Scottish Rugby
Blair to the rescue?
Iain Morrison
September 21, 2010

Scottish rugby is a small, not altogether close knit, family where almost everyone knows everyone else, certainly in the professional game. Given the limited gene pool it's hardly surprising that brothers have always had an extended influence on events; from the Calders, Jim and Finlay, to the Hastings, Gavin and Scott and back to Peter and Gordon Brown.

There is a famous story about Gordon telling his delighted brother Peter (known universally as "P.C.") that he had been selected in the Scotland team to play at the weekend. "Instead of who?" PC enquired. "You!" came the response.

In recent years brothers have had a bigger influence on Scotland's fortunes than ever before. When Sean Lamont and Thom Evans first arrived at Glasgow some years back they both insisted that they had brothers who were better than they were...Rory Lamont, currently with Toulon in France, and Max, sadly for Scotland the only Evans still in operation.

But they are not alone because Edinburgh centre Alex Grove (on loan from Worcester Warriors until at least January) also has a younger brother, Ollie, who played Scotland Under-20 rugby last season. Ollie is currently filling the No.13 shirt for Birmingham and Solihull in England's Championship and, presuming Alex returns to Worcester this season, the two brothers could go head to head in 2011.

But there is something else that ties these three pairs of brothers together...they were all brought up in English rugby. In fact it is possible, with the addition of Simon Danielli and Hugo Southwell, to imagine a Scottish backline that has "Made In England" stamped on its collective backside, such is the predominance of exiles in the national squad.

What happened to Scottish back play? The country that produced Jim Renwick and Ken Scotland, Andy Irvine and John Rutherford, not to mention Ian McGeechan, no mean player long before gaining fame as a coach, suddenly seems to have run out of ideas.

GPS MacPherson was the greatest of the lot, at least according to a 2001 poll that nominated him Scotland's best attacking back. He was elusive, electric over short distances and brilliant in tandem with winger Ian Smith. The pair of them scored 29 tries in just 17 matches together, with McPherson usually acting as the creator for Smith's finishing.

The current Scottish attack is toothless, both at international and pro-team level. The forwards win the ball and the backs run into brick walls or up blind alleys until someone makes a mistake. The only player who has the happy knack of scoring tries is Edinburgh winger Tim Visser, he was top scorer in the Magners last time out and he's started like a rocket this season, but if he's a Scot then I'm a Dutchman. Over the last ten Test matches Scotland have managed no more than six tries, with just two of them going to backs. It's not a statistic that will have Mils Muliaina quaking in his boots when the All Blacks turn up to Murrayfield on November 13.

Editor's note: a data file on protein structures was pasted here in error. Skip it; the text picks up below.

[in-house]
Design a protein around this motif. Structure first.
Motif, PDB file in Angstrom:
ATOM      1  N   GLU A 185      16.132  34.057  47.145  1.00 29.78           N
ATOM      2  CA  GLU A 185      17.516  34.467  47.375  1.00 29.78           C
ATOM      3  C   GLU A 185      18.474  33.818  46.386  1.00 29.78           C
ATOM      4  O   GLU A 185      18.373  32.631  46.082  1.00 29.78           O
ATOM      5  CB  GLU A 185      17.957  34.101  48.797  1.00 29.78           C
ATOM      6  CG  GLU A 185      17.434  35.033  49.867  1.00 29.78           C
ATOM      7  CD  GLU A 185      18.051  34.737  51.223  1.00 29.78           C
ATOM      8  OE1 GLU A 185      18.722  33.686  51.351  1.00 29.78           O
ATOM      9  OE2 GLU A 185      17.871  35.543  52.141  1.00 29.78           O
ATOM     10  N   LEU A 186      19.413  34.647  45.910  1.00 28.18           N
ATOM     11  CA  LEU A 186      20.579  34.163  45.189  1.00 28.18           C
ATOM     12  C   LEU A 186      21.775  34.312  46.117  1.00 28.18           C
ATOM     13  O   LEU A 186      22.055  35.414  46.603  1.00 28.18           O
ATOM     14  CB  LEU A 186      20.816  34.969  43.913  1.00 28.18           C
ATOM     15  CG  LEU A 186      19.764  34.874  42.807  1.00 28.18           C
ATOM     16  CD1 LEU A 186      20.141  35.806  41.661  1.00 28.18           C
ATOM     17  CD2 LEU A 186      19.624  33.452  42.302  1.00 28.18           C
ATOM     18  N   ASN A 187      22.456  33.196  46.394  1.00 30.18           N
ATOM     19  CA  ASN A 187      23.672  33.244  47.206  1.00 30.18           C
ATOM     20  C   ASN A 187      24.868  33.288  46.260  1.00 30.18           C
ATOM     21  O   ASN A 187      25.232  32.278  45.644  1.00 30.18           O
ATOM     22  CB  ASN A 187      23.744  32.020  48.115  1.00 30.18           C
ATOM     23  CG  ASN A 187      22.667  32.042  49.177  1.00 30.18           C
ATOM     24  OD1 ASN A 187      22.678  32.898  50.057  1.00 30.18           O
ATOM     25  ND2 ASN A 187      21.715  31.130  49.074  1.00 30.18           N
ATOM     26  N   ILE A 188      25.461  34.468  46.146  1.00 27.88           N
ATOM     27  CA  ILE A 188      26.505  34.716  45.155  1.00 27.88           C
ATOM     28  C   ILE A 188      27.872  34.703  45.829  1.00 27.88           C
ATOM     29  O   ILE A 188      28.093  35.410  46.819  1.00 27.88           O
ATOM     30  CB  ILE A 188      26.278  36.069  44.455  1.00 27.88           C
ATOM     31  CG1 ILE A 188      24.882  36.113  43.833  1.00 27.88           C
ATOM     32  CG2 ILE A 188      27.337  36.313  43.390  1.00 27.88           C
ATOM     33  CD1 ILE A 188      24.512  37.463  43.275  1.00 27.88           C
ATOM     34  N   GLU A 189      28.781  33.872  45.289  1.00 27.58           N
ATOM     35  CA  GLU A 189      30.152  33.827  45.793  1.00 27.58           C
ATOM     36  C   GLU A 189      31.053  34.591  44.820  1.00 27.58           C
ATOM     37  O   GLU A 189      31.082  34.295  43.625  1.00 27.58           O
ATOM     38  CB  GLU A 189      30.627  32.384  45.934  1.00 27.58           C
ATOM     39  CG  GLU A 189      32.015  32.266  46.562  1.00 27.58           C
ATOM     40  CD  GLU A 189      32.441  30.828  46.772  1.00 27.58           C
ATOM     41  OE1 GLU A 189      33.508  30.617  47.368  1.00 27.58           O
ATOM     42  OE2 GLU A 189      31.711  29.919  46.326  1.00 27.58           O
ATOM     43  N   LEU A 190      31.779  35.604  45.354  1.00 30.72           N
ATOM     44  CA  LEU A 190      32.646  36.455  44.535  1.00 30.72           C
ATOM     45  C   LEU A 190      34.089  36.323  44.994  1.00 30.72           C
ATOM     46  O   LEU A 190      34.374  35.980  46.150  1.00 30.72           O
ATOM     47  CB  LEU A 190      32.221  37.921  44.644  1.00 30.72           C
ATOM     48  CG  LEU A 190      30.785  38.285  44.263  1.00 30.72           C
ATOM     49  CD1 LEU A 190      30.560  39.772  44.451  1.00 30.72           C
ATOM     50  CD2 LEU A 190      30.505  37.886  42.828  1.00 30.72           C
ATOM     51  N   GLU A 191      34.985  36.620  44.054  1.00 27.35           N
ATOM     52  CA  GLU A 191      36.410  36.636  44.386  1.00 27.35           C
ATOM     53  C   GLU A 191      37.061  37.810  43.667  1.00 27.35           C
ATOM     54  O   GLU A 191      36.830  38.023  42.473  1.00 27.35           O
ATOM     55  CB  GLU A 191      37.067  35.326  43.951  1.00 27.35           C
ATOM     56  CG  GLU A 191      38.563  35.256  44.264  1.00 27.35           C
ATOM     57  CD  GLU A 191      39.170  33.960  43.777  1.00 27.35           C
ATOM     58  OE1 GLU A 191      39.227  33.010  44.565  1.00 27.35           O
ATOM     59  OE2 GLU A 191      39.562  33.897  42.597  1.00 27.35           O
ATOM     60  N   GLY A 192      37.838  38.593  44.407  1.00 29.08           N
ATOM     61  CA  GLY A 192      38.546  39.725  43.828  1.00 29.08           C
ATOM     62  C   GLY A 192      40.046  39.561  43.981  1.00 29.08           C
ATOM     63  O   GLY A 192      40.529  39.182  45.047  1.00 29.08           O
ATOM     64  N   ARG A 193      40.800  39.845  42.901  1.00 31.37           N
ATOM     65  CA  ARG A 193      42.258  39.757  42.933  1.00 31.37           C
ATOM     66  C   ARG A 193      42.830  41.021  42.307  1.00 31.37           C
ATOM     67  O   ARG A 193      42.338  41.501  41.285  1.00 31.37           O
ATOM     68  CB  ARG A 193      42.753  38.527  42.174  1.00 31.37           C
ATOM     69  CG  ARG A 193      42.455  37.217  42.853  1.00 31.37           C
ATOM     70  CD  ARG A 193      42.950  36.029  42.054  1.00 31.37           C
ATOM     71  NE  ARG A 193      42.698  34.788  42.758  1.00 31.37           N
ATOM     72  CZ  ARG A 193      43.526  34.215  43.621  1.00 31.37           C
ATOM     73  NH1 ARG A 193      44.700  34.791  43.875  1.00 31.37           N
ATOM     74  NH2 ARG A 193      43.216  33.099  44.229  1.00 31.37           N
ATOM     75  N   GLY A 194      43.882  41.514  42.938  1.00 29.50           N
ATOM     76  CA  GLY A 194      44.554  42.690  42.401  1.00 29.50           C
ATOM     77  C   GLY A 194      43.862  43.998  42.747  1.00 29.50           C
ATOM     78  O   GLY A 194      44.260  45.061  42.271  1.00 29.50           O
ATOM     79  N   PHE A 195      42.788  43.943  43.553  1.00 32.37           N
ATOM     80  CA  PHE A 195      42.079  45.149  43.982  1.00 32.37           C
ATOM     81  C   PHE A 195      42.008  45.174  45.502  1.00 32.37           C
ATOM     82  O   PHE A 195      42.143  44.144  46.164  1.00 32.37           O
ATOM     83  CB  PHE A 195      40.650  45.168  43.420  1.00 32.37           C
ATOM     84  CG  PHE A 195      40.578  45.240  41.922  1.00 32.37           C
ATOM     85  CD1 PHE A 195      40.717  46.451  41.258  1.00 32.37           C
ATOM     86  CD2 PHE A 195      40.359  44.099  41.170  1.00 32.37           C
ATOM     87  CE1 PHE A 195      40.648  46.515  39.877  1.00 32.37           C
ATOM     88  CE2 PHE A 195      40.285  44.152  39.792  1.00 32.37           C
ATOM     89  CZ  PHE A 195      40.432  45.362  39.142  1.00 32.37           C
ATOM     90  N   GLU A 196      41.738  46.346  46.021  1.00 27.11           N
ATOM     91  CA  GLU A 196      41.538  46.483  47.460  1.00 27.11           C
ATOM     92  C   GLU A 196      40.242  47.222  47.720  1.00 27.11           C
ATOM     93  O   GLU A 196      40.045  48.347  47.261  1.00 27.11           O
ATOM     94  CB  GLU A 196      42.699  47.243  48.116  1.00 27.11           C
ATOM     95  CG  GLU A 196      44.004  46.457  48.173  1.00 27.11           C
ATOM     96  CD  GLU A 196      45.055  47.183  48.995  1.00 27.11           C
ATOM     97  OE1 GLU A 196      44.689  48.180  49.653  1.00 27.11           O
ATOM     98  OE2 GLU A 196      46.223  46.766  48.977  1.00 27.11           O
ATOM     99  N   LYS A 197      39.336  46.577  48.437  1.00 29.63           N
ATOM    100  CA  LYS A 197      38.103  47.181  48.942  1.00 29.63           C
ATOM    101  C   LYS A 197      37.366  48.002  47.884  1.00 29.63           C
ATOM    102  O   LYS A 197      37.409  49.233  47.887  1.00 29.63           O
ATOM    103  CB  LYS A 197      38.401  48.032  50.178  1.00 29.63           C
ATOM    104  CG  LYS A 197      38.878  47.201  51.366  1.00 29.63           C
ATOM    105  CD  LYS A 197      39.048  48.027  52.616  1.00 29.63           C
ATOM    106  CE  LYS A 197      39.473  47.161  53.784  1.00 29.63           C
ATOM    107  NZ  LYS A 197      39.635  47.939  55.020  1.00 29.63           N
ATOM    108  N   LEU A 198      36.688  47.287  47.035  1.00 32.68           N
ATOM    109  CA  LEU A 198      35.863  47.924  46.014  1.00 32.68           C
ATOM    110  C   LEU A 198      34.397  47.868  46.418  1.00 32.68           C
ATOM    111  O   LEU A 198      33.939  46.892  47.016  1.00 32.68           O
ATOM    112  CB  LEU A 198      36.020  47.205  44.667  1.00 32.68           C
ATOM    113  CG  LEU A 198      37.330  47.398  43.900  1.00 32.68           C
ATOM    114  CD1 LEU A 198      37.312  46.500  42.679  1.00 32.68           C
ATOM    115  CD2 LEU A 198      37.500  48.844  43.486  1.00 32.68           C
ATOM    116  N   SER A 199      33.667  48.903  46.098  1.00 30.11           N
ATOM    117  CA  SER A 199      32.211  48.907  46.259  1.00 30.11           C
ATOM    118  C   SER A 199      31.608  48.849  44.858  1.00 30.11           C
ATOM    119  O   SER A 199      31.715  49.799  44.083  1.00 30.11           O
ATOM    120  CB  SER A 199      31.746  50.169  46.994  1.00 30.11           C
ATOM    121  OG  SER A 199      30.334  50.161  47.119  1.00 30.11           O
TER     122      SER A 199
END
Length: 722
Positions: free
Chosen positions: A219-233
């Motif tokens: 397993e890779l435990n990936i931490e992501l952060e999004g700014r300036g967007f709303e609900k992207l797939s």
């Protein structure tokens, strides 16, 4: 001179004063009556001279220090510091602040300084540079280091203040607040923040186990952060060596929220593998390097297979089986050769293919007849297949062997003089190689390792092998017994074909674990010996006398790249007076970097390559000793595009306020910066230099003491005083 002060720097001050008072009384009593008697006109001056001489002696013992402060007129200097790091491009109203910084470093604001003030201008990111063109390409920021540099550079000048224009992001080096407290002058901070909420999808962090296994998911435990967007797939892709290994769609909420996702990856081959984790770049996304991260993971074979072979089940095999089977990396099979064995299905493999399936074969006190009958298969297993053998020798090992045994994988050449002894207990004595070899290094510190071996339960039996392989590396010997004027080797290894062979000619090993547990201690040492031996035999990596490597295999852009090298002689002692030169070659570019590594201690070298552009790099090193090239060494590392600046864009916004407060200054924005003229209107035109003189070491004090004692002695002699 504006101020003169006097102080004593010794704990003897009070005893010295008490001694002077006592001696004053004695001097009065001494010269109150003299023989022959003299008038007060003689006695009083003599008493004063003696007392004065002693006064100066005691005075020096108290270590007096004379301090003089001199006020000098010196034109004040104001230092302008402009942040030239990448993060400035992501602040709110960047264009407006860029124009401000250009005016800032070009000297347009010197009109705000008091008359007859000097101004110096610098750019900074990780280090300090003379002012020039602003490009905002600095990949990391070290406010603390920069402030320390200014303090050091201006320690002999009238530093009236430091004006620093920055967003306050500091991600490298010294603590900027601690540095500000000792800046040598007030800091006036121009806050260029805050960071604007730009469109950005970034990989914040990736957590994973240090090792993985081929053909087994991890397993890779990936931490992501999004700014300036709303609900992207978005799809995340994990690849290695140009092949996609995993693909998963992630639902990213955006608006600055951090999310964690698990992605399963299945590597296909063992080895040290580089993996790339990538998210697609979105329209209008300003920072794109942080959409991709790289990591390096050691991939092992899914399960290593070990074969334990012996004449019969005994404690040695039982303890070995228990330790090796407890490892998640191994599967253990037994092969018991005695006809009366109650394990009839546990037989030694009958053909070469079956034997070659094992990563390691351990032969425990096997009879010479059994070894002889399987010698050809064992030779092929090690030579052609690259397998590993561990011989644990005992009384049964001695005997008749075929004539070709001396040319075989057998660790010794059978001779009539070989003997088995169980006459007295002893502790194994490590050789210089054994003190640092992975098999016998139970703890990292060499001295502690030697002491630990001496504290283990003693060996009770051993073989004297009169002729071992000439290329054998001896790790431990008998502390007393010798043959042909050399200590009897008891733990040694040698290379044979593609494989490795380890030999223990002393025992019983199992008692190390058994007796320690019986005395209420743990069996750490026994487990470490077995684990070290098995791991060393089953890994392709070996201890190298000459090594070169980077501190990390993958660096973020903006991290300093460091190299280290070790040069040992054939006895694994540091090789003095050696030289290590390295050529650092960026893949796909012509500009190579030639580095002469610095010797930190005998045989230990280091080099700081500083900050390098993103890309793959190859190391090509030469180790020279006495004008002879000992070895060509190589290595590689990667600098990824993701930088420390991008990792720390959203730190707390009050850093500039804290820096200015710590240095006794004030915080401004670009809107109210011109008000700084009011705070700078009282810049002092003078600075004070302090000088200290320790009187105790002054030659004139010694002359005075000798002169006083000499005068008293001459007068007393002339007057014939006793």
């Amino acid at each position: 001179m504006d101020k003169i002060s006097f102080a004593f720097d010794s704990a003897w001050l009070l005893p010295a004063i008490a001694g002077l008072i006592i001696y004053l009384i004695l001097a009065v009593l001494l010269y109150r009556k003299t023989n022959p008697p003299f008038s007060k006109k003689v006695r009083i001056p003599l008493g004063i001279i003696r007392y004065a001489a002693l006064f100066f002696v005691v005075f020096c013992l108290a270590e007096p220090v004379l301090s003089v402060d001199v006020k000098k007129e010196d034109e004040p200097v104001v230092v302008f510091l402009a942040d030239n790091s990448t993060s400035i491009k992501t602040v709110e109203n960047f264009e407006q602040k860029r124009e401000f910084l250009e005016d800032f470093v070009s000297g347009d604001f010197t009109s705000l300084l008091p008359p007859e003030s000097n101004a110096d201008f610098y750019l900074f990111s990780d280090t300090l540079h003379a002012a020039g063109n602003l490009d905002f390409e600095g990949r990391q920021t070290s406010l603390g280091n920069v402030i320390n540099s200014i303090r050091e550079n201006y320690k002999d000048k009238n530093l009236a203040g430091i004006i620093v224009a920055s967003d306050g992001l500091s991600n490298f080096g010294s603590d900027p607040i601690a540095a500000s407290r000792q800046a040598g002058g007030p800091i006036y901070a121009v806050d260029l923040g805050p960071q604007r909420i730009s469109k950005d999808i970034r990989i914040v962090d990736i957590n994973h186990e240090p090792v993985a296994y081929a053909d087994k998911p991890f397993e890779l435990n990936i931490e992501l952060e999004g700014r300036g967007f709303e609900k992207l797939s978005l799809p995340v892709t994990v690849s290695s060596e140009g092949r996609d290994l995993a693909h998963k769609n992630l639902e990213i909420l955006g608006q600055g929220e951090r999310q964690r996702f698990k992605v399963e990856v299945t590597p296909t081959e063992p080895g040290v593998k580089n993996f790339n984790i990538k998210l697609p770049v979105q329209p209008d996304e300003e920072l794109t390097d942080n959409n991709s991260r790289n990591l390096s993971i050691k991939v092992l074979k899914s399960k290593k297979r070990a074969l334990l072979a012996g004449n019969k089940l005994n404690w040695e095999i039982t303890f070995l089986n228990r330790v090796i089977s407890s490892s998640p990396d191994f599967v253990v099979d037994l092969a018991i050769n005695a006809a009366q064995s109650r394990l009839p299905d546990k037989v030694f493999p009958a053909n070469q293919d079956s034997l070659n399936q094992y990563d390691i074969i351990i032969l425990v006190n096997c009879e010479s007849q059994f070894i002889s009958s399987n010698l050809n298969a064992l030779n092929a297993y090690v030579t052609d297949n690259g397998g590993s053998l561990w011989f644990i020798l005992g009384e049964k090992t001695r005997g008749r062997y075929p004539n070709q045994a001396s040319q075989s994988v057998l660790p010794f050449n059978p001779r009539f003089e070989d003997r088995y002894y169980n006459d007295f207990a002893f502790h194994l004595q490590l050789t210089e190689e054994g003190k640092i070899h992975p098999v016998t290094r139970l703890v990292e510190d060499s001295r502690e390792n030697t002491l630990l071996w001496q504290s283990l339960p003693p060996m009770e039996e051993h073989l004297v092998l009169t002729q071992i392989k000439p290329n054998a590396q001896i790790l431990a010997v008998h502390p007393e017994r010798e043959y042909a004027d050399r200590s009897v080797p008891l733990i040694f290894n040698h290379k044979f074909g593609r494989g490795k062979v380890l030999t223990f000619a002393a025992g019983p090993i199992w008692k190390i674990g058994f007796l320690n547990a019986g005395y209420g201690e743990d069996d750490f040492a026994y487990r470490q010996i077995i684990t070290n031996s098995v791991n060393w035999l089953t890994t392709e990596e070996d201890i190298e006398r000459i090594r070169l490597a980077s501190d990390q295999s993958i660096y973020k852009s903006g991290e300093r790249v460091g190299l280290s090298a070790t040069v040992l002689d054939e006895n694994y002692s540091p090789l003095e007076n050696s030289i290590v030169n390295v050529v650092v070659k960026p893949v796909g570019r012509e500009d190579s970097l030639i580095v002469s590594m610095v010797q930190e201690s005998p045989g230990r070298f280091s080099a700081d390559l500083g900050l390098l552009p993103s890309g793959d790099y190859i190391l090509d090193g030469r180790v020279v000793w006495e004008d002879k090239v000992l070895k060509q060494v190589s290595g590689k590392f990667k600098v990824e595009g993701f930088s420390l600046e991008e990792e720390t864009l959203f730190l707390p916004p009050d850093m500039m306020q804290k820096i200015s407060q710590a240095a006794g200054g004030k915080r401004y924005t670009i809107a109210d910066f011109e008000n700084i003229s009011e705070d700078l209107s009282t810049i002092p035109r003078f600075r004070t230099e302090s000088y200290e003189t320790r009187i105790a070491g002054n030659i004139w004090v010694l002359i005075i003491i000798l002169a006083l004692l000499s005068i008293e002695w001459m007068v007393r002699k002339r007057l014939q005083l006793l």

All of which makes the emergence of another brother all the more important to Scottish rugby. Alex is the youngest of the Blair brothers (his siblings include Scotland scrum-half Mike and Edinburgh stand-off David) and is outrageously talented. Not since Gregor Townsend emerged from Gala almost seventeen years ago has a young back, and this one was born and bred in Scotland, arrived on the scene with such expectation weighing on his shoulders.

That is something of a surprise because Alex is so far from the finished product that no one can be sure what he will eventually end up as; a cultured fly-half, a livewire thirteen or even a fullback. No one seems to agree on his best position. He kicks poorly but he has pace to burn, his game management is woeful but he can spot a gap before it opens up, he steps well but he misses tackles and so on and so on.

The only thing that everyone agrees upon is that Alex Blair has something special. He is genuinely quick, especially over the all important first thirty, and he has the beating of a man one on one, a talent that puts him in a very exclusive minority in Scottish rugby.

It may be the miserable weather up here, our club matches kicked off two weeks before the professionals in an attempt to get the last of the summer sun, or it may be down to risk-averse coaching at junior level but something is badly wrong with the state of Scottish back play.

Will the youngest Blair, another one of the country's "band of brothers", be the answer to all of Scotland's woes? Well, no, obviously, at least not on his own, but there are a lot of fans and followers monitoring Alex Blair's progress very closely - if only to reassure themselves that the spirit of GPS MacPherson is not lost forever.

Iain Morrison won 15 caps for Scotland between 1993 and 1995 and is the rugby correspondent for The Scotsman and Scotland on Sunday newspapers

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